SoftBank, the company behind the robot, is planning to release 1,000 robots every month.
Pepper will sell for 198,000 yen (£1,000), and businesses will be able to rent it for 1,500 yen an hour.
Robotic expert Prof Noel Sharkey said SoftBank’s business strategy was “risky”.
Although the upfront price is relatively cheap for a sophisticated robot – SoftBank is actually selling it at below manufacturing costs – customers will also have to pay monthly service fees of up to 24,000 yen and sign up to a three-year contract.
“SoftBank is hoping to make money from apps, but it is risky as it is not clear whether anyone will develop any for it,” said Prof Sharkey, from the University of Sheffield.
There will be 100 apps available for download at launch.
The robots will be manufactured by FoxConn. Chinese online retailer Alibaba is also partnering. Both are investing $118m in SoftBank’s robotic division and will take 20% shares in the company.
No date has yet been set for when Pepper will go on sale outside of Japan, but Softbank chief executive Masayoshi Son said it would probably happen next year.
Pepper can remember faces and is programmed to recognise human emotions.
“It looks excellent, and I think that it is good at conveying human-like gestures – but the way it detects human emotions might be over-hyped,” said Prof Sharkey.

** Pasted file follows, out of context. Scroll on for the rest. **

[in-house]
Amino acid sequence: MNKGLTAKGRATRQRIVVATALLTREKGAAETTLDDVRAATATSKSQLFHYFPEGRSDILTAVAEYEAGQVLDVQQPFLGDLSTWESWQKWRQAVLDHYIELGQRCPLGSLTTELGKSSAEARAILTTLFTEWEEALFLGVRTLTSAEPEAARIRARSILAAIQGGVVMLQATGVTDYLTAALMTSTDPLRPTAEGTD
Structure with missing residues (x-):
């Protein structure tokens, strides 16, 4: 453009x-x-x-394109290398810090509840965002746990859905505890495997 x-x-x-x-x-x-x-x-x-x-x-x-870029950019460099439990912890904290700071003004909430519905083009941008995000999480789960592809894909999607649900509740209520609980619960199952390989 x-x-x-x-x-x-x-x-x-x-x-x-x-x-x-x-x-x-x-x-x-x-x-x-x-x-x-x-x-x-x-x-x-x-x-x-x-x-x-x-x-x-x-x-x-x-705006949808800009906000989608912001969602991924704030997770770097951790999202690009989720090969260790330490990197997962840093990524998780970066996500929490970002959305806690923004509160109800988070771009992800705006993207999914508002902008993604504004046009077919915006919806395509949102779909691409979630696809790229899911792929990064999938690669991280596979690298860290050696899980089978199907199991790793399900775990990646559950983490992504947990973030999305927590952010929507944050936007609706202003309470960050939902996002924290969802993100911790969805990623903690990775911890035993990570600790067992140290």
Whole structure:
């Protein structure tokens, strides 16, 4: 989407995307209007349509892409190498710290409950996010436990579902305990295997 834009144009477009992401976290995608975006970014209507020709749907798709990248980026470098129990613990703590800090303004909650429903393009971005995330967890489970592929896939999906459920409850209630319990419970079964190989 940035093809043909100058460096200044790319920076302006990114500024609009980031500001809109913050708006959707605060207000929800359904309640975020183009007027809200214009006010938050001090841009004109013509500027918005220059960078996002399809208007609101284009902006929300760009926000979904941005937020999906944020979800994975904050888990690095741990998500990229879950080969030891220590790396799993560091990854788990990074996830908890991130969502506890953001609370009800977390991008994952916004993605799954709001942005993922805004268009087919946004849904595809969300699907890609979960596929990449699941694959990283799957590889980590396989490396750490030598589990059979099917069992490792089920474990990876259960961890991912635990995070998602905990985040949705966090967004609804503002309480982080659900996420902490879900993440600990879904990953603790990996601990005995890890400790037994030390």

“I think that they are over-claiming on its speech functions, too. The conversations are very one-sided, and it asks a lot of questions,” he added.
Featuring more than 20 motors and highly articulated arms, Pepper is being touted as a household robot, assisting elderly people or for use in a family.
But Prof Sharkey is not convinced it will be a hit with consumers.
“There is talk of it being an assistant, but it can’t lift anything, so it is really a very limited companion,” he said.
Japan has a rising elderly population, and the government is keen to use technology to help ease its overburdened healthcare system.
But the use of robotic assistants has not always gone well, according to Prof Sharkey.
“There is a big fuss when these things are launched in Japanese care homes, but go back after a year and they are in a cupboard,” he said.